Dubai may be in debt to the tune of $84 billion and not be opening a hotel a minute any more, but there’s still plenty of life left in the Emirate.
Say what you like about Dubai, reinvention isn’t one of its weaknesses.
This winter marks the full first season for Dubai Metro. Half of the Red Line station stops opened in November and the rest will be ready in February – meaning you won’t have to spend hours on the road any more.
That said, one flip-side to the recession is that you can drive from the airport to the Jumeirah strip hotels and “new Dubai” in just half an hour, even in rush hour.
Featuring chic driverless trains, smart cards, leather seats in gold class, and wi-fi on board, the Metro knocks spots off most urban train experiences. You can travel the length of the Red Line for Dhs11.80 (about £2 one-way). For added leather seat comfort, a Gold class ticket costs Dhs20, which includes Dhs14 credit – but all in it will still be cheaper than a taxi, and a good deal more enjoyable.
The five-star Address brand (part of Emaar Hospitality, the company building Burj Dubai) now has three hotels, the second is linked to the 1,200-outlet Dubai Mall in the shadow of Burj Dubai, not far from the first, and the third has opened its doors at Dubai Marina.
Burj Dubai, the world’s tallest tower, will open on January 4 (although the Armani hotel inside the tower won’t be ready until early 2010).
Dubai Mall, home to a floor-to-ceiling aquarium complete with sharks and sting rays, underwater zoo and ice rink, is about to open the Sega Republic – which features 150 amusement games spread over 76,000sq ft – and Kidzania, an “edu-tainment” centre for children spanning 80,000sq ft. It even has a Waitrose, if you want to stock up on those UK home comforts.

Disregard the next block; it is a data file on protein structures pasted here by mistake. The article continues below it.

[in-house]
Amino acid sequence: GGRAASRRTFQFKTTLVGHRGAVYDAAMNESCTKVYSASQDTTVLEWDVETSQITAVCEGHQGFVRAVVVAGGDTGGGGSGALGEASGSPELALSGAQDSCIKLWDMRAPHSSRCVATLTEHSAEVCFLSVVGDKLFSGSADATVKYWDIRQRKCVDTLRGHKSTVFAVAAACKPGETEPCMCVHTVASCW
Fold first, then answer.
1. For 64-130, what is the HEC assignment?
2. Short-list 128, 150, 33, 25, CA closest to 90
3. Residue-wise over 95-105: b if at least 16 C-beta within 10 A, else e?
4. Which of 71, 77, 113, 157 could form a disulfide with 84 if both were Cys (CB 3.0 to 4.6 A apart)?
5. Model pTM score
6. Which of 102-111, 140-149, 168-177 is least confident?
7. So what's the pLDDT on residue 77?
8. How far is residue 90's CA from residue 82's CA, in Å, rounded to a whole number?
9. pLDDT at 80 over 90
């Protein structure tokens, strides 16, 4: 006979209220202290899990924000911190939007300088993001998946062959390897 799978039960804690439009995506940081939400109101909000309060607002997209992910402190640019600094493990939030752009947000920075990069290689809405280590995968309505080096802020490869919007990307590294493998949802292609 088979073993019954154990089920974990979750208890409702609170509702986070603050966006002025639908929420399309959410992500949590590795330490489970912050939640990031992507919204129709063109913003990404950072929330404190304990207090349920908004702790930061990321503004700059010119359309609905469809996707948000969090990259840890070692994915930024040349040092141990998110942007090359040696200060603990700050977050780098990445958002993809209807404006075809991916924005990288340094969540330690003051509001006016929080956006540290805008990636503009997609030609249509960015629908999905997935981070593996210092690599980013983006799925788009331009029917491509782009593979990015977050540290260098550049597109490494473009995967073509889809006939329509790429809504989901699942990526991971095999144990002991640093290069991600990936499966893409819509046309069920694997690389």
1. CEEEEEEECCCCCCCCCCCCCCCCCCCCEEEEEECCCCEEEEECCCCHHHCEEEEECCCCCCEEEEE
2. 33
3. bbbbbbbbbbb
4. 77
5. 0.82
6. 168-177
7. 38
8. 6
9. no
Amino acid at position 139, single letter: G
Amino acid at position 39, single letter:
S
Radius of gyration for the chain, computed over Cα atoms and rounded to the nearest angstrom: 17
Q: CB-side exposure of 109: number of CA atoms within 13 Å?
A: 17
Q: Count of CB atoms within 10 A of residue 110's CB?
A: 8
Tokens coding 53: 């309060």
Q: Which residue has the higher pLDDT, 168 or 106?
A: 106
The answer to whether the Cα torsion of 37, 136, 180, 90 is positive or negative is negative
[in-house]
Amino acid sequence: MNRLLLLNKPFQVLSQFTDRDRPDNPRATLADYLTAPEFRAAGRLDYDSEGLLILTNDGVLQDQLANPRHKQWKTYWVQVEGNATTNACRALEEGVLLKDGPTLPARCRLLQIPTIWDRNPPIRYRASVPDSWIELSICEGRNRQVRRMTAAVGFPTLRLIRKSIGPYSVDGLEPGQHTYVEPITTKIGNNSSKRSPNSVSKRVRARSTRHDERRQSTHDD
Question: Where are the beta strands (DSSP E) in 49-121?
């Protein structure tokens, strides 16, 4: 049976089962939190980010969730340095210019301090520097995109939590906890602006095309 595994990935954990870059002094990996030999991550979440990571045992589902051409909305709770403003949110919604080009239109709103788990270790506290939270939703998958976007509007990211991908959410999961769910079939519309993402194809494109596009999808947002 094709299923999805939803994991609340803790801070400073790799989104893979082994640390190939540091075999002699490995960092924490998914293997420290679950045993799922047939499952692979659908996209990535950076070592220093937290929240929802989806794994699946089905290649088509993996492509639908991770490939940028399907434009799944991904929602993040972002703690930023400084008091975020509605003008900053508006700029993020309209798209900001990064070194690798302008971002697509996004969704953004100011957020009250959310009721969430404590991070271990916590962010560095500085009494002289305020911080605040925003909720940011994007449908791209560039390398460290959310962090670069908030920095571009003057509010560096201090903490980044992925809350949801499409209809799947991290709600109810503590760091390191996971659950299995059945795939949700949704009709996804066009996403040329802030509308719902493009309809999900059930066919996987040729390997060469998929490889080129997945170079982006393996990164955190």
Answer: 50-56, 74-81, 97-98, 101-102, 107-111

This “Downtown” district
has certainly changed dramatically in the last year, with new attractions including The Dubai Fountain, Emaar Boulevard and Souk Al Bahar, an Arabesque-styled shopping mall.
Brits keep coming
Visitor numbers totalled 1,857,724 between April and June, a 4 per cent increase year-on-year, and even as the mercury rose above 40 degrees in the first week of August, five-star beach hotels along the Jumeirah strip recorded a remarkable average occupancy of 90 per cent.
The UK and Ireland together remains the largest source market, with 196,554 visitors during the second quarter, representing 10.6 per cent of the emirate’s total visitor market.
Let the kids indulge their Willy Wonka fantasies at Candylicious – effectively a sweets and chocolate supermarket on the ground floor of Dubai Mall – it’s not far from the sharks and sting rays swimming about the vast Dubai Aquarium, and you can hop on the escalator upstairs for more marine life (seals and penguins). Also new this year is a technology-themed ‘edu-tainment’ attraction at Zabeel Park, where children can learn all about the planets in a fun environment.
For a splashing time, Dubai has a second water park – Aquaventure at Atlantis The Palm – a little further along the coast from the long-standing Wild Wadi near Jumeirah Beach Hotel.
Insider’s view: what to see and do in Dubai
One of the unbridled joys of any wintersun trip is eating outside, knowing that friends and family are turning up the heater back home, and Dubai is spoilt for choice when it comes to al fresco venues.